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Murray, T. H. (1980). Learning to deceive. In K. D. Pimple (Ed.), Research Ethics (pp. 367–370). Ashgate. https://www.taylorfrancis.com/chapters/edit/10.4324/9781315244426-36/learning-deceive-thomas-murray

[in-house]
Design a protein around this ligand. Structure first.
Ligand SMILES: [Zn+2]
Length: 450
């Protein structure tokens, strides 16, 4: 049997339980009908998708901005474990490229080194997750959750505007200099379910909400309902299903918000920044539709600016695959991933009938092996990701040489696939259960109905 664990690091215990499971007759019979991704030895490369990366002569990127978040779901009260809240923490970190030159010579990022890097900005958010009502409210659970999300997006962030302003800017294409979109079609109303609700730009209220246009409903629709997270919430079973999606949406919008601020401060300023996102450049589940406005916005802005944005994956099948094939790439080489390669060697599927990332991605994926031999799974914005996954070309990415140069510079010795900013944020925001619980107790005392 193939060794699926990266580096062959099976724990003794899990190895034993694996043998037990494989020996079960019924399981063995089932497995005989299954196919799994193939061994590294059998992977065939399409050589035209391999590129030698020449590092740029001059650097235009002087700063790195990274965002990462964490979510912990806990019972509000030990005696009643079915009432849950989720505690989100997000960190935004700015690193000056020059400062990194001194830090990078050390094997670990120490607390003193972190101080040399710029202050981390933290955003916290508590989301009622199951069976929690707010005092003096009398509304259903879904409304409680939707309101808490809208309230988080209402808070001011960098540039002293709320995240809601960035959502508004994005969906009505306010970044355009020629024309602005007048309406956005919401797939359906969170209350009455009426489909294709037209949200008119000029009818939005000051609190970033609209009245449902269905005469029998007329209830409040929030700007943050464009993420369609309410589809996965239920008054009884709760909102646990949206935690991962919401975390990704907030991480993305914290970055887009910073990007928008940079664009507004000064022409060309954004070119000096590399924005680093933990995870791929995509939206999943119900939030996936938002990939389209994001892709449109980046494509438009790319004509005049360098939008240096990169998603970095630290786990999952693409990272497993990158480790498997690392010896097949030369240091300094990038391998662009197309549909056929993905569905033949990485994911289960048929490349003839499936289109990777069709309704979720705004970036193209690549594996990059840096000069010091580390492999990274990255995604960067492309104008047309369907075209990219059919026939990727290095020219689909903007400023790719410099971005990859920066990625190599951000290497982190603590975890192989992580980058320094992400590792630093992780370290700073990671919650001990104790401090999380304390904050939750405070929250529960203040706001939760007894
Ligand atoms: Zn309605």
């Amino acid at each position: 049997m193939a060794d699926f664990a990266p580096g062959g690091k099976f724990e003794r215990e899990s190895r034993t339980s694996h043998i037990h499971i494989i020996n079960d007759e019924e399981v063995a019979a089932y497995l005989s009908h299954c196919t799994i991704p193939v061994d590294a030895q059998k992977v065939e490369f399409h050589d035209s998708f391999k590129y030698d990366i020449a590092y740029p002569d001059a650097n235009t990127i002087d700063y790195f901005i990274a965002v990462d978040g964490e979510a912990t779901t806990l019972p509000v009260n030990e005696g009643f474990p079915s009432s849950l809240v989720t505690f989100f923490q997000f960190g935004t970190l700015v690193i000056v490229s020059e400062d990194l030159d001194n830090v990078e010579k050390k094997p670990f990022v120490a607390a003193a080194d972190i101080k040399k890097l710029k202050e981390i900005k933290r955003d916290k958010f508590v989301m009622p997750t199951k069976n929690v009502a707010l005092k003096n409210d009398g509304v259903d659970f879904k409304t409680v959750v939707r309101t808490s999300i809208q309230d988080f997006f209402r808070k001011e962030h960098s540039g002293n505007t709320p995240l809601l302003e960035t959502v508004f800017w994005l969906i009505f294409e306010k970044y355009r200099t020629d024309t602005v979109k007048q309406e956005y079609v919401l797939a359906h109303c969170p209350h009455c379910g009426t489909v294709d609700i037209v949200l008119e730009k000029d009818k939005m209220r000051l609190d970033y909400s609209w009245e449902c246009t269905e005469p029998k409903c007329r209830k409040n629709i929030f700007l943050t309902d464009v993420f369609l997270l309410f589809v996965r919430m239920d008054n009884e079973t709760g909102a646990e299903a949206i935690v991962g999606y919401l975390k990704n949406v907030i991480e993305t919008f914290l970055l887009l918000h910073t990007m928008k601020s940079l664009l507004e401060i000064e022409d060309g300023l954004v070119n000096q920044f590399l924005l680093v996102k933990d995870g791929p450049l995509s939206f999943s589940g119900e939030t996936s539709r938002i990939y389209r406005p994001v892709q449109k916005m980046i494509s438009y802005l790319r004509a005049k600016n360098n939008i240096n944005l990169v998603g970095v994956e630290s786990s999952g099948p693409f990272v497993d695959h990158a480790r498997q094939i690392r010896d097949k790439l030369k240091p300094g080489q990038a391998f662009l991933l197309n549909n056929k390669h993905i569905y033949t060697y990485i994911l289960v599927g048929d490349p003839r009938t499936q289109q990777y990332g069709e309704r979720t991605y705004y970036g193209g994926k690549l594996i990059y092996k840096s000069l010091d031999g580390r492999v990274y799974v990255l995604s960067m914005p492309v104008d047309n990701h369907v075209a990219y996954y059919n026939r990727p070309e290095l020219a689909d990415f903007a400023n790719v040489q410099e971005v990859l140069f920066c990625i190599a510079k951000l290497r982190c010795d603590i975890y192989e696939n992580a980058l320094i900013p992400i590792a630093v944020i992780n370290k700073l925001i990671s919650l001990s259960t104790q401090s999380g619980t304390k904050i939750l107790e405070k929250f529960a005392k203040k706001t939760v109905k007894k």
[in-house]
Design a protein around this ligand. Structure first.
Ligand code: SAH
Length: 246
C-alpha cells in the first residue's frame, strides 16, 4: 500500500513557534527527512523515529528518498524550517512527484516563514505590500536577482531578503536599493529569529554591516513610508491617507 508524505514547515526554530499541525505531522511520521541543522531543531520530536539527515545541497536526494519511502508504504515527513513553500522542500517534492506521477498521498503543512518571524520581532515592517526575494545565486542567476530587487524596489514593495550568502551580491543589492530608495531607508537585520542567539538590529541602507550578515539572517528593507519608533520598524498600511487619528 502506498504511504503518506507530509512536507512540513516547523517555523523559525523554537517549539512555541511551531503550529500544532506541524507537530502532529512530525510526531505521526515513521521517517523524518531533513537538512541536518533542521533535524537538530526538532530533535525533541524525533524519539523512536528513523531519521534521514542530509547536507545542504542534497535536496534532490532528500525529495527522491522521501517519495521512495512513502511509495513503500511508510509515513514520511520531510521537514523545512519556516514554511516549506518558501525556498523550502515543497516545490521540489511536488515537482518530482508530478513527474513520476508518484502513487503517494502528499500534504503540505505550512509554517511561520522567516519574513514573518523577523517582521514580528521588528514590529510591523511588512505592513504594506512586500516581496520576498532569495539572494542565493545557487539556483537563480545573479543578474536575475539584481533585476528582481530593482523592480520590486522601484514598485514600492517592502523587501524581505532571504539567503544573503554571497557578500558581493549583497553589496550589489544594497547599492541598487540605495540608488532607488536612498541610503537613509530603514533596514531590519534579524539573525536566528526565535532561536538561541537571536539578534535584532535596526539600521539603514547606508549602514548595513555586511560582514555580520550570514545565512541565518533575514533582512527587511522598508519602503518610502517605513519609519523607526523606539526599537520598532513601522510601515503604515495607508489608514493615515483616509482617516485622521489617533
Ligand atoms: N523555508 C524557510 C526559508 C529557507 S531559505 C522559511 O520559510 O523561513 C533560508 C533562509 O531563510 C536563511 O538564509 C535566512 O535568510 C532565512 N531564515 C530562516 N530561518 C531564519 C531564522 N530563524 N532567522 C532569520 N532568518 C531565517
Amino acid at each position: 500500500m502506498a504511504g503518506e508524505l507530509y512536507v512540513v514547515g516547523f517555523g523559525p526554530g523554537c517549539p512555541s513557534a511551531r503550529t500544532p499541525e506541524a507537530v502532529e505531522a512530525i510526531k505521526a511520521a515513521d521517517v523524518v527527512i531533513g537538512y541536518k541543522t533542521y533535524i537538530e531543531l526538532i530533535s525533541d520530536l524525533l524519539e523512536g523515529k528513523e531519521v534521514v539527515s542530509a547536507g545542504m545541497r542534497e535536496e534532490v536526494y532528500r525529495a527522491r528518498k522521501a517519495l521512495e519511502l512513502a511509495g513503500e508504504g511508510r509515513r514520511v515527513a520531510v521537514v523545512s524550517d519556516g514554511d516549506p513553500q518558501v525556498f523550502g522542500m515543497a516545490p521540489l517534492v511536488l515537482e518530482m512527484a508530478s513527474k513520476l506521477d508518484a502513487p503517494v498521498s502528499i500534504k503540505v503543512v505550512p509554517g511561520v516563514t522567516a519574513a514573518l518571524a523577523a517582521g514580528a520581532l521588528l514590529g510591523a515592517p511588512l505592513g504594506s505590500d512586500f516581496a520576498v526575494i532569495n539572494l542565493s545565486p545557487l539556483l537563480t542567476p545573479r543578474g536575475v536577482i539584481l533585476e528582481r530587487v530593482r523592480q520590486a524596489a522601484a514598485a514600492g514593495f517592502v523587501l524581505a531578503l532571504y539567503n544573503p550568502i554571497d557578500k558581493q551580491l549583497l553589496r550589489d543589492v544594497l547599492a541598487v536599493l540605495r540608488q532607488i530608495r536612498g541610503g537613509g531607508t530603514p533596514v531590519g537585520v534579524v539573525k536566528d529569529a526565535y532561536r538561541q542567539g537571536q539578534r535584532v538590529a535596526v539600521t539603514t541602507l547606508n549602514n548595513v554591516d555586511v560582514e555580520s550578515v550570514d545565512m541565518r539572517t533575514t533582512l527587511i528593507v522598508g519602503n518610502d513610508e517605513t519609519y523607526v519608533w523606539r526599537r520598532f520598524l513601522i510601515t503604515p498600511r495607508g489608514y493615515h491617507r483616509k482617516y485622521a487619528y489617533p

The history of social psychology offers some clues as to how it reached its stance on laboratory work. The widely acknowledged founder of experimental social psychology was Kurt Lewin, whose career spanned the twenties to the fifties. His famous adage, "There is nothing so practical as a good theory," soon came to be translated into something more like "Take care of theory and practical matters will take care of themselves." The deception researcher's personal dilemma is this: either one successfully dissociates the carefully crafted manipulative-ness that characterizes the relationship with research subjects from relationships with people outside the laboratory, or one does not. People should worry about the impact of inauthentic relationship on the subject, and about the researcher's learning to systematically shut off ethically central aspects of his or her personality learning to lie with a completely straight face and clear conscience.